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International Policy

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A globalized world drives issues that cross borders and span jurisdictions, and demands policy professionals that can navigate the complexity of multi-dimensional and multi-disciplinary challenges.

Globalization is setting the context and posing the principal problems that are driving the future of public policy. The challenges of the 21st century are increasingly defined by their global reach, as an interconnected world sees the emergence of new, more complex issues and highlights the growing disparity in outcomes across countries. As issues related to economic policy, international security, and development weave together in an intricate web, understanding and navigating this evolving space requires interdisciplinary skills, knowledge and experience.

A local to global ethos is at the heart of our approach to public policy, recognizing that the challenges we face in our communities, nations and and world have aspects that span across all dimensions. Our courses explore a wide range of economic, security, development and foreign policy topics. Our master's programs offer specializations in international development and international security and economic policy, and our undergraduate program has a growing portfolio of courses focused on addressing global problems. The Center for International Security Studies at Maryland and the Center for Public Policy and Private Enterprise anchor our research on topics as diverse as cybersecurity governance, nuclear security and the governing rules of space operations.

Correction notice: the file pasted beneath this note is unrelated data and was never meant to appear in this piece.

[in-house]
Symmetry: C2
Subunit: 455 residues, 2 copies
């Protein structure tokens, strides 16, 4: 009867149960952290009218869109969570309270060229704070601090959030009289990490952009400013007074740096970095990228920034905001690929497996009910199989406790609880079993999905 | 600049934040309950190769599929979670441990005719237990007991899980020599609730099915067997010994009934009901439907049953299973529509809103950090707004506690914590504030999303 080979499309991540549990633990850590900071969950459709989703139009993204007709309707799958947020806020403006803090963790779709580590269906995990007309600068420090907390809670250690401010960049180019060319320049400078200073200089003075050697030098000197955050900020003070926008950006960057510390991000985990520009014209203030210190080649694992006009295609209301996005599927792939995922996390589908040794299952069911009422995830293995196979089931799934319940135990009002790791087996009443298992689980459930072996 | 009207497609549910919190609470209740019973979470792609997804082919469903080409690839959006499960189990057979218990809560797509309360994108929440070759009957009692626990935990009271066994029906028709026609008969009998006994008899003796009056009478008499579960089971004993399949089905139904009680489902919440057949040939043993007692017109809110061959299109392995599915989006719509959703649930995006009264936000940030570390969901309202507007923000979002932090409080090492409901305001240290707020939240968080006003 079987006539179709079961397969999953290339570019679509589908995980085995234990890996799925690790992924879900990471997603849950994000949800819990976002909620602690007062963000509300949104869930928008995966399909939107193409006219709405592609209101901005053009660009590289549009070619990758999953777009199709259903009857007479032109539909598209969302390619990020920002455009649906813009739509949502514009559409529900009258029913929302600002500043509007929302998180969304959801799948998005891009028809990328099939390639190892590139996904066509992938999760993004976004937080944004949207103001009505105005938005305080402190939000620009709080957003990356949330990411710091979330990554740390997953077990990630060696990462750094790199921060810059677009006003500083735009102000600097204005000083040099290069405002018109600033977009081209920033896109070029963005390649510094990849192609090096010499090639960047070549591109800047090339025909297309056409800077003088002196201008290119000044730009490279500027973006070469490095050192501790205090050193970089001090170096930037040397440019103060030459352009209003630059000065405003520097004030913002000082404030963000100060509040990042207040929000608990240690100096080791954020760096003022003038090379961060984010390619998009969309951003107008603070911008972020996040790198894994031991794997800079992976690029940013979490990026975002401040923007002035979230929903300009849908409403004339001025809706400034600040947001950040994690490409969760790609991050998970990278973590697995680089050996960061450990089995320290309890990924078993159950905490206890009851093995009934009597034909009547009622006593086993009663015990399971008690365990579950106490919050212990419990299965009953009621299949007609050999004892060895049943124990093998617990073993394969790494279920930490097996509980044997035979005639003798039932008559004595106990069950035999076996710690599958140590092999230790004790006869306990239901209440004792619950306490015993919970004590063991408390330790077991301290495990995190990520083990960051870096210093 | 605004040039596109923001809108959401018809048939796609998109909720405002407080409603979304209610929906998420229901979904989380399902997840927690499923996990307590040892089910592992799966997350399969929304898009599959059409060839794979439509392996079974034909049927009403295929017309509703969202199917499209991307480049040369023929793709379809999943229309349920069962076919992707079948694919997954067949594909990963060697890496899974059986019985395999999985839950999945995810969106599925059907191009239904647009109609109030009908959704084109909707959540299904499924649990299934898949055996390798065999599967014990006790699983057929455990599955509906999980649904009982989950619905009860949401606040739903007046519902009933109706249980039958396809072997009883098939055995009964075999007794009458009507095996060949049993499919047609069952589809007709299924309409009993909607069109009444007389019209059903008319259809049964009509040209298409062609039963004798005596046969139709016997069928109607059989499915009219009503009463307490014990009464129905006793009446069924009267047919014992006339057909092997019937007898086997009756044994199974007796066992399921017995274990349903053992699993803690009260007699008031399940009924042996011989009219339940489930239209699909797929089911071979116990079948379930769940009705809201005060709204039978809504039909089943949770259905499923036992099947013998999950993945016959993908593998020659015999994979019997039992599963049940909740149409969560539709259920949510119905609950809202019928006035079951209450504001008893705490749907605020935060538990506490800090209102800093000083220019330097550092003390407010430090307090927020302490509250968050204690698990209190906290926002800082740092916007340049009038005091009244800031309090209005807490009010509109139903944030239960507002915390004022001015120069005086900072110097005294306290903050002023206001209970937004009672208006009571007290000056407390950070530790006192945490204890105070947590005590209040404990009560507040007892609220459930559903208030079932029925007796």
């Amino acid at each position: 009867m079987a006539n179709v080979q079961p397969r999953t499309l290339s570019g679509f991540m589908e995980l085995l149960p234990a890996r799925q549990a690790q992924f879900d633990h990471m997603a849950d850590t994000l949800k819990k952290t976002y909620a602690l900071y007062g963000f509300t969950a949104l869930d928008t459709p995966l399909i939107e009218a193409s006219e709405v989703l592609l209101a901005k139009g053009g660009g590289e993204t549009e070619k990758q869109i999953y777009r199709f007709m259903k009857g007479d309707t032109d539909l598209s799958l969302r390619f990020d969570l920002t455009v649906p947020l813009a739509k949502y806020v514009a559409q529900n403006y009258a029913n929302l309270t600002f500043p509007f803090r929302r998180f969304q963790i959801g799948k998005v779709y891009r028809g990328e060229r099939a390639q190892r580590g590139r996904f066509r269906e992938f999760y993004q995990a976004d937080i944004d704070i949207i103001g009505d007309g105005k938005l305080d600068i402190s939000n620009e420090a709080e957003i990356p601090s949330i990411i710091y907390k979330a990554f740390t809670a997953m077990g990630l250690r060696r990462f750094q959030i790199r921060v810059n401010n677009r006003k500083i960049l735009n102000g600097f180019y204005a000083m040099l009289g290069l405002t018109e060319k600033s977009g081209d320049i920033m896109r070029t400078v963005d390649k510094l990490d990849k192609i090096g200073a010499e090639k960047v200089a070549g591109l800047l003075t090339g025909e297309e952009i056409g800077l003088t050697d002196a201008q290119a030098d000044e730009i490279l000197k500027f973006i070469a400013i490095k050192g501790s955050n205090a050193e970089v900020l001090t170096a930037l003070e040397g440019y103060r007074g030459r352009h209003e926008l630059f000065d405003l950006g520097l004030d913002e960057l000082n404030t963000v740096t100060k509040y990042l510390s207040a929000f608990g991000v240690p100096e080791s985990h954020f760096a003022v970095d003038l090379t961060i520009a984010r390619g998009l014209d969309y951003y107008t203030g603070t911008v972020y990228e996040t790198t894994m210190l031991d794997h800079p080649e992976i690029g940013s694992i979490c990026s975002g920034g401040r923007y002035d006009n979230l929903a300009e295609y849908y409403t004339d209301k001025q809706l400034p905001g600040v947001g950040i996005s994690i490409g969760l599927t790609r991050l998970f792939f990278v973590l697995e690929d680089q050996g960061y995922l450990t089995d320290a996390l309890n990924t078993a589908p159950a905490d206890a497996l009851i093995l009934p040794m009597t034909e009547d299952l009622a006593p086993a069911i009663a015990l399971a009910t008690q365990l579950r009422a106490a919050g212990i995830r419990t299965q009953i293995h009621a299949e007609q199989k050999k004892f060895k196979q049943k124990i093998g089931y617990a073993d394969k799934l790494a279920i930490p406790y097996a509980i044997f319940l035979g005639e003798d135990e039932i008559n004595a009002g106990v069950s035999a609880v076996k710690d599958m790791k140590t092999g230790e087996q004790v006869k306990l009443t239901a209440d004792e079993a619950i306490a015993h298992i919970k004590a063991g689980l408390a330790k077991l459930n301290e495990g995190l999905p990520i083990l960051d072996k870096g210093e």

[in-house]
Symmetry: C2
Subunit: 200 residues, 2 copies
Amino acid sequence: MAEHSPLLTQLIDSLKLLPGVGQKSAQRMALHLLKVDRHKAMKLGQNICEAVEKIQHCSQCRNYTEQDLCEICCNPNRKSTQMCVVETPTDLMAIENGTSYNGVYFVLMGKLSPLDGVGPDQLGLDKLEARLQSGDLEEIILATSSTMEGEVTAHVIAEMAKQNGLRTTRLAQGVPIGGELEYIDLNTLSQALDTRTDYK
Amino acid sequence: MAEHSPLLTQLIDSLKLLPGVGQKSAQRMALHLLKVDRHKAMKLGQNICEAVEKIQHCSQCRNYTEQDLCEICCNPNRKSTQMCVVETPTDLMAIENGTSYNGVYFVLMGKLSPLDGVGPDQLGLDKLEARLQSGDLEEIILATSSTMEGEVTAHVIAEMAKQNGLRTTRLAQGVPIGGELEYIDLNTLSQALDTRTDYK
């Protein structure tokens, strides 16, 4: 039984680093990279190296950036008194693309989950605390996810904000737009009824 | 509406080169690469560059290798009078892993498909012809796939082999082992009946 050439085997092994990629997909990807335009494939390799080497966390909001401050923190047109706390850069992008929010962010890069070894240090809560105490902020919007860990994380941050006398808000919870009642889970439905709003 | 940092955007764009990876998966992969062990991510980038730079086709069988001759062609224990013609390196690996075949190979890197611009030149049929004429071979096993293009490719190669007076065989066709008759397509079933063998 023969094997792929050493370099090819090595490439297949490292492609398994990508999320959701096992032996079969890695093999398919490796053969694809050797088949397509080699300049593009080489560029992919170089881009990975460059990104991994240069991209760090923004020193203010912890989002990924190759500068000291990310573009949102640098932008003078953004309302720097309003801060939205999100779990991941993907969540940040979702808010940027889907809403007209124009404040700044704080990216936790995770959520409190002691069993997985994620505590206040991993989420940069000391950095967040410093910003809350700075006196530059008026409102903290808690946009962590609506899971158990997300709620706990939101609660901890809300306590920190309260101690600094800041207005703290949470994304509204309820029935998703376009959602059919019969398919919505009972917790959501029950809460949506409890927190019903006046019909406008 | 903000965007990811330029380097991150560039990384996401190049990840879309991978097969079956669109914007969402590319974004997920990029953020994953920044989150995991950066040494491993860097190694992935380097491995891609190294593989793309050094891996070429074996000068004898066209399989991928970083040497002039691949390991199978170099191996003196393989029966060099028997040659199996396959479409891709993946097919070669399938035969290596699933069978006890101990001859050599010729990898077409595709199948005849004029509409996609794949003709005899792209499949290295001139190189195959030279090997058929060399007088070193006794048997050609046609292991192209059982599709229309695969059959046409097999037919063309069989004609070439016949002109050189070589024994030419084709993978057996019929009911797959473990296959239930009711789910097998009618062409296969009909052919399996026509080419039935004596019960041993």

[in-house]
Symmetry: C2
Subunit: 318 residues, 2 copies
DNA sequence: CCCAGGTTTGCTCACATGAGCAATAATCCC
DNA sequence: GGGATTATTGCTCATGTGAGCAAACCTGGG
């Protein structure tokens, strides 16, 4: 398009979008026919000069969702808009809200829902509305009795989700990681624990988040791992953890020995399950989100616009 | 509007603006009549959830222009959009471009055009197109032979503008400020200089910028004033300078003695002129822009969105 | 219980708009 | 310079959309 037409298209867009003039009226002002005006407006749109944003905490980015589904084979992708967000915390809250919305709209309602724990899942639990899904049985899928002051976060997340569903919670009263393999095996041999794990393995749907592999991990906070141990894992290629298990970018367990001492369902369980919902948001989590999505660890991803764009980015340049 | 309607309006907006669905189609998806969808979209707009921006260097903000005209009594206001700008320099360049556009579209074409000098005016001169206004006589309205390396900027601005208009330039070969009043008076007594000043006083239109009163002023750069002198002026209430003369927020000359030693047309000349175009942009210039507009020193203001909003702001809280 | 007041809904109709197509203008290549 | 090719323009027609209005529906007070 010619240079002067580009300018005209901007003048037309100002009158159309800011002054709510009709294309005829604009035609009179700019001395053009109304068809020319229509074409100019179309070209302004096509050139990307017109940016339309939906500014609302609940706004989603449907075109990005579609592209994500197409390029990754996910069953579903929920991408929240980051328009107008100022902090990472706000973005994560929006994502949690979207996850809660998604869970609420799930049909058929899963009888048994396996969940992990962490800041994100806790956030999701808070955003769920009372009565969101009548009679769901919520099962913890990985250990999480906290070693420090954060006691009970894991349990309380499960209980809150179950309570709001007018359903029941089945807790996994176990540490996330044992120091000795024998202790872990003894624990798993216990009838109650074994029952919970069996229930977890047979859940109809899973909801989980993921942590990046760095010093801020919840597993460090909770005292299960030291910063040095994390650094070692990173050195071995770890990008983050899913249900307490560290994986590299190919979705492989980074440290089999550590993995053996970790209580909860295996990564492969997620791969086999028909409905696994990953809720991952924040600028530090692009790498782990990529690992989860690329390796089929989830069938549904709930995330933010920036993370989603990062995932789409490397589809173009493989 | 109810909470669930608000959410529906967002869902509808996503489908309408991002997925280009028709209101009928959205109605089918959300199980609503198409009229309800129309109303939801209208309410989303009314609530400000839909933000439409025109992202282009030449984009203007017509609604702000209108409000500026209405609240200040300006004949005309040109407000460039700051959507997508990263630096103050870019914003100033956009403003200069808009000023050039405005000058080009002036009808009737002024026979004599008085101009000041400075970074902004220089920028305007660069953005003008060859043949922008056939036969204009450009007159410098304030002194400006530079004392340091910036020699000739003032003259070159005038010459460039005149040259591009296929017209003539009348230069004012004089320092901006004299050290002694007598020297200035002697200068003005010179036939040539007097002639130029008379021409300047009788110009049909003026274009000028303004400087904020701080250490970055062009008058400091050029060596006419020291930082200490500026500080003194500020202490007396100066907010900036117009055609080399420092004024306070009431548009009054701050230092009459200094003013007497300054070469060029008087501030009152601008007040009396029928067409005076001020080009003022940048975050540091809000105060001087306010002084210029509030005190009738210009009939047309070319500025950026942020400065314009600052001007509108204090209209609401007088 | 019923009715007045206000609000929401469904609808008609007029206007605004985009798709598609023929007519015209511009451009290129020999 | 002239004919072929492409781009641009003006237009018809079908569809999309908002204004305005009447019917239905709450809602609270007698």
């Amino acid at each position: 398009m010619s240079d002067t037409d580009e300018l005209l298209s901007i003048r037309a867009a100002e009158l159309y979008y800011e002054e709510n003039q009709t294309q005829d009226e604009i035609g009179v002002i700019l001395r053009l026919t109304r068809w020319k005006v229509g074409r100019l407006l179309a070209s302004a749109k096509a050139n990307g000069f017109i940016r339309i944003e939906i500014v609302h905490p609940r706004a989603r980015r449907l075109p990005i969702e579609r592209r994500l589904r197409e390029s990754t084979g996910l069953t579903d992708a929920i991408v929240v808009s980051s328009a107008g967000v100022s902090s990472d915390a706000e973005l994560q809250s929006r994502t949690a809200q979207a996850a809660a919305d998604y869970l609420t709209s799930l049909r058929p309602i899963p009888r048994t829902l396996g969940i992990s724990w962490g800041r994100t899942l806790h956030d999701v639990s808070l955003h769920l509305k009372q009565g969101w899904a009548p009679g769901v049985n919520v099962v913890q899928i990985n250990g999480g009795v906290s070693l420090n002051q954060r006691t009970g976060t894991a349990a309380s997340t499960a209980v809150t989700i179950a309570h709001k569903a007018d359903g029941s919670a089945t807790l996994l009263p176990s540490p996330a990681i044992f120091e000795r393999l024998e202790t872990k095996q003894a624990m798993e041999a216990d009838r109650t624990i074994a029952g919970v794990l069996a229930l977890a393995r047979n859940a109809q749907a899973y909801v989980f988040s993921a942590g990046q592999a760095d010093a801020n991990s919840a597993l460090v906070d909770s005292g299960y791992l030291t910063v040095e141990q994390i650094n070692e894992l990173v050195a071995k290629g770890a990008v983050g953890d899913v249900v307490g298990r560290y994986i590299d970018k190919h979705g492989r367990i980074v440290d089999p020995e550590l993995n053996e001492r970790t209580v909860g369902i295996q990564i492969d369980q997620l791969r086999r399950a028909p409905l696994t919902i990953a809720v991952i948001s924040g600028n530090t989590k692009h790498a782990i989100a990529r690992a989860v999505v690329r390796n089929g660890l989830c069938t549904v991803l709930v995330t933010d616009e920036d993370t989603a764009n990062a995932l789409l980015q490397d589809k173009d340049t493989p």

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3 Credit(s)

Interplay between government and private interests in shaping official actions that affect international trade. Policy tools available to influence balance, magnitude, and composition of imports and exports. Evolution of executive, congressional and quasi-judicial government institutions under increased U.S. international trade exposure and trade deficit. Restricted to students in a major in PLCY.
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Recommended as prerequisite(s): PLCY620, PLCY640 and PLCY641

Faculty: Susan C. Schwab
3 Credit(s)

Introduces statistical methods needed for evaluating and choosing among policy options. Topics include probability; decision-making under uncertainty; the organization, interpretation, and visual display of complex data; prediction and inferences about causality; hypothesis testing; and linear and multiple regression. Develops analytical skills and the ability to apply theory to complex, real-world problems.
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Faculty: Alec Worsnop